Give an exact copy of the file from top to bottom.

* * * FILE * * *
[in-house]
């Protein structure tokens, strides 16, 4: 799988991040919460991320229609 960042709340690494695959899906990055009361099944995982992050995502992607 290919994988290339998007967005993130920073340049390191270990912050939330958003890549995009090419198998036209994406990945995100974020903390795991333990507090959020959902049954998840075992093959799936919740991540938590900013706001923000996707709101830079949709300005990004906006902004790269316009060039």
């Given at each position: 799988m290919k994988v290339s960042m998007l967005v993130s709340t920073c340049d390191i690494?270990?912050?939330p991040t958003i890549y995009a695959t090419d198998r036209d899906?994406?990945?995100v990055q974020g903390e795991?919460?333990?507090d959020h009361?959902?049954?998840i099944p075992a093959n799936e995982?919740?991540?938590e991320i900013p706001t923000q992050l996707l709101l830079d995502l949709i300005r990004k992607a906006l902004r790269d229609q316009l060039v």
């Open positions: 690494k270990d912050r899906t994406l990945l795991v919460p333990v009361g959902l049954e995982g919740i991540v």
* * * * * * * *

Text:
[in-house]
């Protein structure tokens, strides 16, 4: 799988991040919460991320229609 960042709340690494695959899906990055009361099944995982992050995502992607 290919994988290339998007967005993130920073340049390191270990912050939330958003890549995009090419198998036209994406990945995100974020903390795991333990507090959020959902049954998840075992093959799936919740991540938590900013706001923000996707709101830079949709300005990004906006902004790269316009060039």
């Given at each position: 799988m290919k994988v290339s960042m998007l967005v993130s709340t920073c340049d390191i690494?270990?912050?939330p991040t958003i890549y995009a695959t090419d198998r036209d899906?994406?990945?995100v990055q974020g903390e795991?919460?333990?507090d959020h009361?959902?049954?998840i099944p075992a093959n799936e995982?919740?991540?938590e991320i900013p706001t923000q992050l996707l709101l830079d995502l949709i300005r990004k992607a906006l902004r790269d229609q316009l060039v």
């Open positions: 690494k270990d912050r899906t994406l990945l795991v919460p333990v009361g959902l049954e995982g919740i991540v």